Cornelissen C, Call RC, Harbell MW, et al. APSF Newsletter. February 202136(1);25-27

Error disclosure is supported by a robust safety culture and a defined communication and management approach. This article discusses the engagement of anesthesiologists in the disclosure processes to ensure learning, patient centeredness, and care improvement.

After a failed induction at 36 weeks, a 26-year-old woman underwent cesarean delivery which was complicated by significant postpartum hemorrhage. The next day, the patient complained of severe perineal and abdominal pain, which the obstetric team attributed to prolonged pushing during labor. The team was primarily concerned about hypotension, which was thought to be due to hypovolemia from peri-operative blood loss. After several hours, the patient was transferred to the medical intensive care unit (ICU) with persistent hypotension and severe abdominal and perineal pain. She underwent surge

Arriaga AF, Szyld D, Pian-Smith MCM. Anesthesiol Clin. 2020;38:801-820.
Debriefing is an established strategy teams use to learn from critical events, reduce event occurrence, and improve failure response. This review examines how debriefing principles can be embedded for use of the practice in real time, rather than developed in simulated circumstances, to improve anesthesia safety.
Lin DM, Peden CJ, Langness SM, et al. Anesth Analg. 2020;131:e155-1159.
The anesthesia community has been a leader in patient safety innovation for over four decades. This conference summary highlights presented content related to the conference theme of “preventing, detecting, and mitigating clinical deterioration in the perioperative period.” The results of a human-centered design analysis exploring tactics to reduce failure to rescue were summarized.
Duffy CC, Bass GA, Duncan JR, et al. J Patient Saf. 2022;18:16-25.
Incident reporting systems are central to most patient safety programs, but studies have identified barriers to effective use. This study used clinical vignettes describing a medication error or near miss to explore error awareness and attitudes towards reporting and disclosure among anesthesiologists. Approximately one-third of anesthesiologists recalled having had medication safety training. Perioperative medication error awareness and assessment of potential harm were variable, and the likelihood of patient disclosure and incident reporting was low. Education programs utilizing vignettes should be utilized to raise awareness about error reporting and disclosure behaviors.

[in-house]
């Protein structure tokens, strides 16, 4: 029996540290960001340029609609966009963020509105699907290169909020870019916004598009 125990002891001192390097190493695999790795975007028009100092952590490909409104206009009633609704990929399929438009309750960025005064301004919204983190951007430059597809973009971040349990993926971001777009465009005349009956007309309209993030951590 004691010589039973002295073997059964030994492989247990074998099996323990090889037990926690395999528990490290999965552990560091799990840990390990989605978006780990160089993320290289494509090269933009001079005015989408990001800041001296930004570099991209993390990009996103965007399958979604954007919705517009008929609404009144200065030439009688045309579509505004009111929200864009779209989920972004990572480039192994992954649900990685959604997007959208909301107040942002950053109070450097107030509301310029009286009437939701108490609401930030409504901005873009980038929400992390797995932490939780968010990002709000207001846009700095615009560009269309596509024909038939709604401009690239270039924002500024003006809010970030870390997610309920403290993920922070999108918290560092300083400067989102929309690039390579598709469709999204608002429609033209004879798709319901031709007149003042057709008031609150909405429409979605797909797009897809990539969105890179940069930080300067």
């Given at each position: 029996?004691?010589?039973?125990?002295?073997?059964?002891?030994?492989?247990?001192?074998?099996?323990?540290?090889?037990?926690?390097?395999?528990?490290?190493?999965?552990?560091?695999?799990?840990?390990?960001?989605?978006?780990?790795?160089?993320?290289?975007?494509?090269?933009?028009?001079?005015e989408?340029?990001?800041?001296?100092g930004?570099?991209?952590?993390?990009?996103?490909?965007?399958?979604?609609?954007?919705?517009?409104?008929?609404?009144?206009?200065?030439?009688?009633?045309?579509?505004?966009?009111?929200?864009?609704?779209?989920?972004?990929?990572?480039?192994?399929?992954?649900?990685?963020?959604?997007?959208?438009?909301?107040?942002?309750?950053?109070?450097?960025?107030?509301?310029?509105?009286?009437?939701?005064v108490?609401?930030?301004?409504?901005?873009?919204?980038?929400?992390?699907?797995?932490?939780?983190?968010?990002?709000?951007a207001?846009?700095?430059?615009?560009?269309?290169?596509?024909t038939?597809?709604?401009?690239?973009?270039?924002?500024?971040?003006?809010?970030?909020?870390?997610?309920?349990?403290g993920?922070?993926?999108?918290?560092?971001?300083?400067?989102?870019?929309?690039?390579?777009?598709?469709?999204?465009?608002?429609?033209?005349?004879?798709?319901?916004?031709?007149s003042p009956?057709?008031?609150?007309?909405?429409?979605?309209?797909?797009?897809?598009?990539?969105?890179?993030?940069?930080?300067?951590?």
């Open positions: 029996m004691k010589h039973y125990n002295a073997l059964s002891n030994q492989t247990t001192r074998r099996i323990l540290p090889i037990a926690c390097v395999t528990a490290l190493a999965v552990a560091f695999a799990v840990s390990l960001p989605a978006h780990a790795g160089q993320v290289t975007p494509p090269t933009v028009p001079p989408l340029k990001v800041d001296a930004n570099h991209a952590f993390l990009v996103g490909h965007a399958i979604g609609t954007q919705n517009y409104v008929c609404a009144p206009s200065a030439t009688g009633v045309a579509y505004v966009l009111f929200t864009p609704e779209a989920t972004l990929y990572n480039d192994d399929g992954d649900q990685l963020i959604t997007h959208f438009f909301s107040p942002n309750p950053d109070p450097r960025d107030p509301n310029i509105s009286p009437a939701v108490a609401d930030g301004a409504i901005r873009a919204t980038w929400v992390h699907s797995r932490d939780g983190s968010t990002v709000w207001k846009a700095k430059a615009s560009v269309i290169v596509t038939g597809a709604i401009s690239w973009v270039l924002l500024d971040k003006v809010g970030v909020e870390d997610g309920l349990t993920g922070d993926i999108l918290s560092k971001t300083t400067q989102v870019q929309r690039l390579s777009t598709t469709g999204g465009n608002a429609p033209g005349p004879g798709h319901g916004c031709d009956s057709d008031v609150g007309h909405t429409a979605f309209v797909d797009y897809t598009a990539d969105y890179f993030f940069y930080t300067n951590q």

Leveson N, Samost A, Dekker SWA, et al. J Patient Saf. 2020;16:162-167.
This article describes the use of a new accident analysis technique (CAST, or Causal Analysis based on Systems Theory), an alternative approach to root cause analysis. The CAST approach is based on the principle that accidents are not only the result of individual system component failures or errors but more generally result due to inadequate enforcement of constraints on the behavior of the system components (i.e., safety constraints enforced by controls, such as checklists).  Many adverse events (AEs) appear to be related to the design of the system involved and not attributable to unsafe individual behavior. This technique can be useful in identifying causal factors to help health care systems learn from mistakes and design systems-level changes to prevent future AEs.
Trinchero E, Kominis G, Dudau A, et al. Public Manag Rev. 2020;22.
Employing a mixed-methods approach, this study found that teamwork (directly and indirectly) positively impacted professionals’ safety behavior. Teamwork indirectly impacted safety behavior by increasing individual’s positive psychological capital, thereby increasing their self-efficacy and resilience. These findings emphasize the role of hospital leadership and middle management in creating an organizational culture of safety
Lemos C de S, Poveda V de B. J Perianesth Nurs. 2019;34:978-998.
This integrative review examined the factors contributing to perioperative adverse events resulting from anesthesia. Researchers found that both active errors, such as medication errors or inattention, and latent errors, such as communication failures, contributed to adverse events.